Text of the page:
The waterway downstream from Muktinath along Kali Gandaki is the source of all Silas or Shaligrams that are required to establish a temple of Vishnu anywhere in the world. It is considered to be one of the holiest places of pilgrimage for Hindus and Buddhists. It has 108 water springs and this number carries great significance in Hindu philosophy. As an example of the mystery surrounding the number 108, in Hindu astrology, there are mentions of 12 zodiacs (or Rashi) and 9 planets (or Graha), giving a total of 108 combinations. There are also 27 Lunar mansions (or Nakshatras) which are divided into 4 quarters (or Padas) each giving a combination of 108 Padas in total.

Sri Murthy Mahatmyam

This is probably the only place on earth where you can find all five elements from which all material things in the universe are made, according to Hindu and Buddhist traditions. According to the Hindu and Buddhist philosophies these elements are fire, water, sky, earth and air. They are all found at the same place together in their own and distinct form. This place is near Jwala Devi temple.

The entire river bed has Shaligram stones which are used to worship Lord Vishnu.

According to Sri Vaishnava philosophy (a sub-sect of Hindu philosophy), it is considered to be one of the Divya desams (108 in total) or holy places of worship of Lord Vishnu praised by Alwars in a compilation called the Nalayira Divya Prabandha.

It is said that one has to be gifted to get the darshan of Lord Sri Murthi and Goddess Sri Devi.


A local nun manages the pujas in the temple. Pilgrims who go there are expected to offer a prasad to the deity.

Darshan, sevas and festivals

The most suitable time to visit Muktinath is from March to June, as the weather conditions would not be safe enough to travel in other months. The journey passes through many archeological sites and temples.

Sri Vaishnavic reference

Sri Vaishnava tradition is a sub-sect of Hinduism, predominant in present-day Tamil Nadu in southern India. Many great devotees (bhaktas) have contributed to it, the most prominent of them being the Alvars. Thirumangai Alvar could not reach Muktinath, but had sung 10 pashurams from the nearest place, in praise of Lord Sri Murthy. Periyalvar had sung in praise of Sri Murthi as "Salagramamudaiya Nambi". The pontiff of Srivilliputtur (the most venerated Srivaishnava pilgrim centre in Tamil Nadu in India), Sri Manavala Mamunigal Mutt H.H 23rd peetam Sri Sri Sri Satakopa Ramanuja Jeeyar Swamiji installed the idols of Andal (Sri Gotha Devi), Ramanuja, and Manavala Mamunigal in this sacred place of predominantly Sri Vaishnava origin during the yagna performed between 3-6 August 2009. This is considered by the devotees to be one of the milestones in the History of Muktinath. A large crowd of Sri Vaishnava devotees visit this most sacred Sri Vaishnavaitic shrine, where the Lord resides in the form of Sri Paramapatha Nathan with His divine consorts of Sri, Bhoomi, Neela and Gotha Devis. This place is so important that even Buddhism worships this Lord Sriman Narayana of Muktinath for attaining Salvation Mukti.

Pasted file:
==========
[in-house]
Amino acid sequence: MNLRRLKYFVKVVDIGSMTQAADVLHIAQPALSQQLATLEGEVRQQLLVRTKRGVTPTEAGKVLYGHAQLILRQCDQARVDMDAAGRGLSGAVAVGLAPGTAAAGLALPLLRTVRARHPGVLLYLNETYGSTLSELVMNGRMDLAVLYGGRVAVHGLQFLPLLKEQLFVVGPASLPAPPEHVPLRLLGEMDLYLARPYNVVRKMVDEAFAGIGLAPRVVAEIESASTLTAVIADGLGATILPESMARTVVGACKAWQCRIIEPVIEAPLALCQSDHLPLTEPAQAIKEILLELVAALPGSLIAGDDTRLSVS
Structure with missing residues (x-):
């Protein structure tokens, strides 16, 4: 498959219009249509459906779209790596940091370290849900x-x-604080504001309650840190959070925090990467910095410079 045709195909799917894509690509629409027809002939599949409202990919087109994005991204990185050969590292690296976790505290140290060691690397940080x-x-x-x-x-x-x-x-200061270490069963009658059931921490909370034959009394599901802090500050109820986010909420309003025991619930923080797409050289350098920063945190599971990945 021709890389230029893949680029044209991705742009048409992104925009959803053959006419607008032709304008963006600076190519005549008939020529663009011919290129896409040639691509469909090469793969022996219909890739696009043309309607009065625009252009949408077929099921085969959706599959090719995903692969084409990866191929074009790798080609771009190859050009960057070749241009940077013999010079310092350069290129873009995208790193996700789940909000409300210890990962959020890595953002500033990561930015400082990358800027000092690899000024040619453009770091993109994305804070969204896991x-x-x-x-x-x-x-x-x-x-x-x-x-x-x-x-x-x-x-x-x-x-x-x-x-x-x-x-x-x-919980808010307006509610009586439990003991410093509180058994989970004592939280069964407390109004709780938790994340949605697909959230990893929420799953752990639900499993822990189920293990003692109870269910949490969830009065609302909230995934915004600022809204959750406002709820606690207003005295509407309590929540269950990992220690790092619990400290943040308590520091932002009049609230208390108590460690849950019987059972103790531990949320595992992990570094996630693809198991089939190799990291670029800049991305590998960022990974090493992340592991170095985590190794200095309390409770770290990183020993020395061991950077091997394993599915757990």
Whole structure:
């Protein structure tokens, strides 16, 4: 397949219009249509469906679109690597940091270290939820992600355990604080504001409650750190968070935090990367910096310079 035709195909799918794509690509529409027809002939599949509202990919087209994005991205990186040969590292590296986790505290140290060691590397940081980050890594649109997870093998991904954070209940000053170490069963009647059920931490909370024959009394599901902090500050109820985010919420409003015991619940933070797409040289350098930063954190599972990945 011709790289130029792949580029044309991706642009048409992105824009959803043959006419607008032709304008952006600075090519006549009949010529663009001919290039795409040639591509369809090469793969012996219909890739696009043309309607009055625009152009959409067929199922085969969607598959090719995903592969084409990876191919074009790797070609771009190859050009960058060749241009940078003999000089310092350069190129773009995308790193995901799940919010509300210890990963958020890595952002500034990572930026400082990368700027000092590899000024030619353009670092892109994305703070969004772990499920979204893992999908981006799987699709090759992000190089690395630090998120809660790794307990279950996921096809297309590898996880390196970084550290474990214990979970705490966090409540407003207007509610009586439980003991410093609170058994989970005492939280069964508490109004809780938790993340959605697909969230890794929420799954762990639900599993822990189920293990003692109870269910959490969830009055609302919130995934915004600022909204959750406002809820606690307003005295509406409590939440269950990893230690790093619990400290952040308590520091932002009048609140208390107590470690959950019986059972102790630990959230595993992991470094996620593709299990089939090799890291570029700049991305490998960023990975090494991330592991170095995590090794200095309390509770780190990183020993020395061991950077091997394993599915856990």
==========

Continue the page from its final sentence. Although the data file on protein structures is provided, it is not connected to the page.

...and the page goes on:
Travel access

Access is difficult because of harsh weather conditions. One can fly from Kathmandu to Pokhara and then from Pokhara to Jomsom Airport. From there, one can either trek all the way or take a jeep to Muktinath. Some tourists are also known to charter a helicopter all the way to Muktinath which takes around 45 minutes to reach. The helicopter can be used only when the weather permits.

Arriving by helicopter for a longer period of stay is not recommended because of the risk of acute mountain sickness. Accommodation is available in Ranipauwa, Jharkot, Chhongur, Kagbeni or Jomsom.

See also


  2. "General Information about Muktinath".
  3. Mittal, Sushil (2004). The Hindu World. New York: Routledge. p. 499. ISBN 0-203-67414-6.
  4. Zurick, David (2006). Illustrated Atlas of the Himalayas. Lexington: University Press of Kentucky. p. 153.
  5. "Muktinath Yatra Nepal Tourism" (PDF).
  6. (Translator), F. Max Muller (June 1, 2004). The Upanishads, Vol I. Kessinger Publishing, LLC. ISBN 1419186418.
  7. (Translator), F. Max Muller (July 26, 2004). The Upanishads Part II: The Sacred Books of the East Part Fifteen. Kessinger Publishing, LLC. ISBN 1417930160.
  8. "Kottiyoor Devaswam Temple Administration Portal". Kottiyoor Devaswam. Retrieved 20 July 2013. External link in |work= (help)